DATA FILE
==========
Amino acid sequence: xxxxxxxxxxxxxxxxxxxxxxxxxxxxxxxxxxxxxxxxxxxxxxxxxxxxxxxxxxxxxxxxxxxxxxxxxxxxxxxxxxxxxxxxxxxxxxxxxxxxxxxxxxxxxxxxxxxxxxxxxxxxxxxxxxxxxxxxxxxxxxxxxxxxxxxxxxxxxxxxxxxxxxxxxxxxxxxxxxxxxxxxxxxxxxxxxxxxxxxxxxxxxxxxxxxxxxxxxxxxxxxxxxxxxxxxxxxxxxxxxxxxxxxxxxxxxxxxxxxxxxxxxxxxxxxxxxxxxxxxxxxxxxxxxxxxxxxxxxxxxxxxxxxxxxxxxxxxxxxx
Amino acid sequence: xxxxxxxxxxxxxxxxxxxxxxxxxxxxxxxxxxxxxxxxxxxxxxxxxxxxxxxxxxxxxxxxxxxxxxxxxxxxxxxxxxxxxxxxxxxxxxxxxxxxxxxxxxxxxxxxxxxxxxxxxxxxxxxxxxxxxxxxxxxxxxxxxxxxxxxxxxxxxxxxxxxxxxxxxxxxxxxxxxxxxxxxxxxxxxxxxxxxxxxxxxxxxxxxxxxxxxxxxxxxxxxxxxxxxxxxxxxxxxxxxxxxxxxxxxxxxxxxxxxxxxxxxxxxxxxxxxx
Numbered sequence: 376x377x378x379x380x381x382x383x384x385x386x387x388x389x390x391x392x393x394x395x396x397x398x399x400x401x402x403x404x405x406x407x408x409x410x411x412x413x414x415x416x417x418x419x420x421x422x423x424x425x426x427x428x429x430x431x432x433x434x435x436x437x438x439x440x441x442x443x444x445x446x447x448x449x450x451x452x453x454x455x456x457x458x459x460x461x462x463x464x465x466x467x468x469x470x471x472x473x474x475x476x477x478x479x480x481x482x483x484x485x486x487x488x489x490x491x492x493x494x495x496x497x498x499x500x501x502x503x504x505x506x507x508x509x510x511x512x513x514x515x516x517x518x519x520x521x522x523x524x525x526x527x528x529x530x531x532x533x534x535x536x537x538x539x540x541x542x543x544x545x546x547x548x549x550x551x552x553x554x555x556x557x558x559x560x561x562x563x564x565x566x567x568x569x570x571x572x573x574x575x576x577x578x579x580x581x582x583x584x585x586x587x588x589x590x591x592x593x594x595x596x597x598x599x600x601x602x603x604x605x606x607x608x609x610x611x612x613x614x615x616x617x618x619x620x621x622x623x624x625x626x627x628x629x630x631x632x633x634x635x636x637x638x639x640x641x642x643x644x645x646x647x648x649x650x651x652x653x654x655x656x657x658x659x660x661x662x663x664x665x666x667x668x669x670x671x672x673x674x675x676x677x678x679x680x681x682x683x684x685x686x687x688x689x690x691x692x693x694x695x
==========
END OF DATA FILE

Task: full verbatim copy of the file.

Amino acid sequence: xxxxxxxxxxxxxxxxxxxxxxxxxxxxxxxxxxxxxxxxxxxxxxxxxxxxxxxxxxxxxxxxxxxxxxxxxxxxxxxxxxxxxxxxxxxxxxxxxxxxxxxxxxxxxxxxxxxxxxxxxxxxxxxxxxxxxxxxxxxxxxxxxxxxxxxxxxxxxxxxxxxxxxxxxxxxxxxxxxxxxxxxxxxxxxxxxxxxxxxxxxxxxxxxxxxxxxxxxxxxxxxxxxxxxxxxxxxxxxxxxxxxxxxxxxxxxxxxxxxxxxxxxxxxxxxxxxxxxxxxxxxxxxxxxxxxxxxxxxxxxxxxxxxxxxxxxxxxxxxx
Amino acid sequence: xxxxxxxxxxxxxxxxxxxxxxxxxxxxxxxxxxxxxxxxxxxxxxxxxxxxxxxxxxxxxxxxxxxxxxxxxxxxxxxxxxxxxxxxxxxxxxxxxxxxxxxxxxxxxxxxxxxxxxxxxxxxxxxxxxxxxxxxxxxxxxxxxxxxxxxxxxxxxxxxxxxxxxxxxxxxxxxxxxxxxxxxxxxxxxxxxxxxxxxxxxxxxxxxxxxxxxxxxxxxxxxxxxxxxxxxxxxxxxxxxxxxxxxxxxxxxxxxxxxxxxxxxxxxxxxxxxx
Numbered sequence: 376x377x378x379x380x381x382x383x384x385x386x387x388x389x390x391x392x393x394x395x396x397x398x399x400x401x402x403x404x405x406x407x408x409x410x411x412x413x414x415x416x417x418x419x420x421x422x423x424x425x426x427x428x429x430x431x432x433x434x435x436x437x438x439x440x441x442x443x444x445x446x447x448x449x450x451x452x453x454x455x456x457x458x459x460x461x462x463x464x465x466x467x468x469x470x471x472x473x474x475x476x477x478x479x480x481x482x483x484x485x486x487x488x489x490x491x492x493x494x495x496x497x498x499x500x501x502x503x504x505x506x507x508x509x510x511x512x513x514x515x516x517x518x519x520x521x522x523x524x525x526x527x528x529x530x531x532x533x534x535x536x537x538x539x540x541x542x543x544x545x546x547x548x549x550x551x552x553x554x555x556x557x558x559x560x561x562x563x564x565x566x567x568x569x570x571x572x573x574x575x576x577x578x579x580x581x582x583x584x585x586x587x588x589x590x591x592x593x594x595x596x597x598x599x600x601x602x603x604x605x606x607x608x609x610x611x612x613x614x615x616x617x618x619x620x621x622x623x624x625x626x627x628x629x630x631x632x633x634x635x636x637x638x639x640x641x642x643x644x645x646x647x648x649x650x651x652x653x654x655x656x657x658x659x660x661x662x663x664x665x666x667x668x669x670x671x672x673x674x675x676x677x678x679x680x681x682x683x684x685x686x687x688x689x690x691x692x693x694x695x